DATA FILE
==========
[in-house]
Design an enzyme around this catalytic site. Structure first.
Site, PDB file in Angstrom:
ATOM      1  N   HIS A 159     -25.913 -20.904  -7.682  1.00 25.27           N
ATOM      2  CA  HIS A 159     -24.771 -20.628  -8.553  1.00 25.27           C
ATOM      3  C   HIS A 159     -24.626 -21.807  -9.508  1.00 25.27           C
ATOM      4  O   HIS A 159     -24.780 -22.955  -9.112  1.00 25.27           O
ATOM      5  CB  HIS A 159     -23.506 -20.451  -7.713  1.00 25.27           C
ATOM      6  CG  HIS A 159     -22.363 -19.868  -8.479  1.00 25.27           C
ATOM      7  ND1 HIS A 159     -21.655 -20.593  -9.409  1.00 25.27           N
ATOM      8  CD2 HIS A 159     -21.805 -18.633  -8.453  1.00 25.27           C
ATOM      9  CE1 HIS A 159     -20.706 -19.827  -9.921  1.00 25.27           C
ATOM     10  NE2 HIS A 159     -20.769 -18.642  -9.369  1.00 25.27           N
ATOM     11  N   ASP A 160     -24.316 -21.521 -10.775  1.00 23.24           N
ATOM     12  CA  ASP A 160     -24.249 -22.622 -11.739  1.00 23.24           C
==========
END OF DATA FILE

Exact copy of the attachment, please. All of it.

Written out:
[in-house]
Design an enzyme around this catalytic site. Structure first.
Site, PDB file in Angstrom:
ATOM      1  N   HIS A 159     -25.913 -20.904  -7.682  1.00 25.27           N
ATOM      2  CA  HIS A 159     -24.771 -20.628  -8.553  1.00 25.27           C
ATOM      3  C   HIS A 159     -24.626 -21.807  -9.508  1.00 25.27           C
ATOM      4  O   HIS A 159     -24.780 -22.955  -9.112  1.00 25.27           O
ATOM      5  CB  HIS A 159     -23.506 -20.451  -7.713  1.00 25.27           C
ATOM      6  CG  HIS A 159     -22.363 -19.868  -8.479  1.00 25.27           C
ATOM      7  ND1 HIS A 159     -21.655 -20.593  -9.409  1.00 25.27           N
ATOM      8  CD2 HIS A 159     -21.805 -18.633  -8.453  1.00 25.27           C
ATOM      9  CE1 HIS A 159     -20.706 -19.827  -9.921  1.00 25.27           C
ATOM     10  NE2 HIS A 159     -20.769 -18.642  -9.369  1.00 25.27           N
ATOM     11  N   ASP A 160     -24.316 -21.521 -10.775  1.00 23.24           N
ATOM     12  CA  ASP A 160     -24.249 -22.622 -11.739  1.00 23.24           C